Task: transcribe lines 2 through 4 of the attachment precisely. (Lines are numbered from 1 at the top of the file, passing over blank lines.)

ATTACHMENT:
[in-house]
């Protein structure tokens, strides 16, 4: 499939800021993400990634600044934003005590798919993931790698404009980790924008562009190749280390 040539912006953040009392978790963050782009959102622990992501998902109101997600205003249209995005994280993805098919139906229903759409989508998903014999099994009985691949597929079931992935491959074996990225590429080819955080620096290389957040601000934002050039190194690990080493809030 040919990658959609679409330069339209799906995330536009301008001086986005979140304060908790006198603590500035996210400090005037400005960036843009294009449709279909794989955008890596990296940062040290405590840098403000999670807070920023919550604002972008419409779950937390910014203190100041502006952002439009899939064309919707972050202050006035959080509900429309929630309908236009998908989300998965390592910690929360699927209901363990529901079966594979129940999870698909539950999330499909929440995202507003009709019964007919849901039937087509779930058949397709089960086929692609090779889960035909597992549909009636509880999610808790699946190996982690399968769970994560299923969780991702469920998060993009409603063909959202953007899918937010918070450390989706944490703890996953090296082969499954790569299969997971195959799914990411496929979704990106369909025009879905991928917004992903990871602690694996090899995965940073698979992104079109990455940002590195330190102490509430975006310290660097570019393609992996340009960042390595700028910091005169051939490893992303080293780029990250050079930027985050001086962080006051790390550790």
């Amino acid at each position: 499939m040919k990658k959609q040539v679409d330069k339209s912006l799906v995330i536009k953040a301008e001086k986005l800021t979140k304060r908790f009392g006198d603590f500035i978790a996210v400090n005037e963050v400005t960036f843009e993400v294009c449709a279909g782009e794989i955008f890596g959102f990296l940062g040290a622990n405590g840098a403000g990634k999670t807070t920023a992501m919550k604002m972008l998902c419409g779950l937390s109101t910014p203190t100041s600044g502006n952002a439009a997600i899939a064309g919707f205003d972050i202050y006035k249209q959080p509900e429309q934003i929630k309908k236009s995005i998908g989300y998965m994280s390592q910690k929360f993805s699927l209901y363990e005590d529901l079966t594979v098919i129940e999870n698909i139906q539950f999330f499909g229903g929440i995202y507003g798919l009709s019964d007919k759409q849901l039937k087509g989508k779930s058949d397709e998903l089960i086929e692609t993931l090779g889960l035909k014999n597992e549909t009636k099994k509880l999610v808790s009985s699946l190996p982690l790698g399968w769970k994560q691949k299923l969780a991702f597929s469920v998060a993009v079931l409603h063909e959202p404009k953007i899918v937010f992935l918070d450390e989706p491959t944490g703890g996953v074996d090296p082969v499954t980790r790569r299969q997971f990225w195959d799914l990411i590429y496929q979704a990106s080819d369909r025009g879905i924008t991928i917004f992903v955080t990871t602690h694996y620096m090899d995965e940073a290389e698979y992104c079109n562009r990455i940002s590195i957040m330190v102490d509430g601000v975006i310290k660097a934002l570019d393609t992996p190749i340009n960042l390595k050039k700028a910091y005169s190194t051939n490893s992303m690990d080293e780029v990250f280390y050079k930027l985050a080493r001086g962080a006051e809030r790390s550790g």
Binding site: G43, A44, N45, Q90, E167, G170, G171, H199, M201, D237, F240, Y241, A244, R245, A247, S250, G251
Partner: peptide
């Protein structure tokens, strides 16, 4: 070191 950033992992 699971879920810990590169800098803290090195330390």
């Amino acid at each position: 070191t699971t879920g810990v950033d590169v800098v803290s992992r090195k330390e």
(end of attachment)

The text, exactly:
């Protein structure tokens, strides 16, 4: 499939800021993400990634600044934003005590798919993931790698404009980790924008562009190749280390 040539912006953040009392978790963050782009959102622990992501998902109101997600205003249209995005994280993805098919139906229903759409989508998903014999099994009985691949597929079931992935491959074996990225590429080819955080620096290389957040601000934002050039190194690990080493809030 040919990658959609679409330069339209799906995330536009301008001086986005979140304060908790006198603590500035996210400090005037400005960036843009294009449709279909794989955008890596990296940062040290405590840098403000999670807070920023919550604002972008419409779950937390910014203190100041502006952002439009899939064309919707972050202050006035959080509900429309929630309908236009998908989300998965390592910690929360699927209901363990529901079966594979129940999870698909539950999330499909929440995202507003009709019964007919849901039937087509779930058949397709089960086929692609090779889960035909597992549909009636509880999610808790699946190996982690399968769970994560299923969780991702469920998060993009409603063909959202953007899918937010918070450390989706944490703890996953090296082969499954790569299969997971195959799914990411496929979704990106369909025009879905991928917004992903990871602690694996090899995965940073698979992104079109990455940002590195330190102490509430975006310290660097570019393609992996340009960042390595700028910091005169051939490893992303080293780029990250050079930027985050001086962080006051790390550790």
């Amino acid at each position: 499939m040919k990658k959609q040539v679409d330069k339209s912006l799906v995330i536009k953040a301008e001086k986005l800021t979140k304060r908790f009392g006198d603590f500035i978790a996210v400090n005037e963050v400005t960036f843009e993400v294009c449709a279909g782009e794989i955008f890596g959102f990296l940062g040290a622990n405590g840098a403000g990634k999670t807070t920023a992501m919550k604002m972008l998902c419409g779950l937390s109101t910014p203190t100041s600044g502006n952002a439009a997600i899939a064309g919707f205003d972050i202050y006035k249209q959080p509900e429309q934003i929630k309908k236009s995005i998908g989300y998965m994280s390592q910690k929360f993805s699927l209901y363990e005590d529901l079966t594979v098919i129940e999870n698909i139906q539950f999330f499909g229903g929440i995202y507003g798919l009709s019964d007919k759409q849901l039937k087509g989508k779930s058949d397709e998903l089960i086929e692609t993931l090779g889960l035909k014999n597992e549909t009636k099994k509880l999610v808790s009985s699946l190996p982690l790698g399968w769970k994560q691949k299923l969780a991702f597929s469920v998060a993009v079931l409603h063909e959202p404009k953007i899918v937010f992935l918070d450390e989706p491959t944490g703890g996953v074996d090296p082969v499954t980790r790569r299969q997971f990225w195959d799914l990411i590429y496929q979704a990106s080819d369909r025009g879905i924008t991928i917004f992903v955080t990871t602690h694996y620096m090899d995965e940073a290389e698979y992104c079109n562009r990455i940002s590195i957040m330190v102490d509430g601000v975006i310290k660097a934002l570019d393609t992996p190749i340009n960042l390595k050039k700028a910091y005169s190194t051939n490893s992303m690990d080293e780029v990250f280390y050079k930027l985050a080493r001086g962080a006051e809030r790390s550790g």
Binding site: G43, A44, N45, Q90, E167, G170, G171, H199, M201, D237, F240, Y241, A244, R245, A247, S250, G251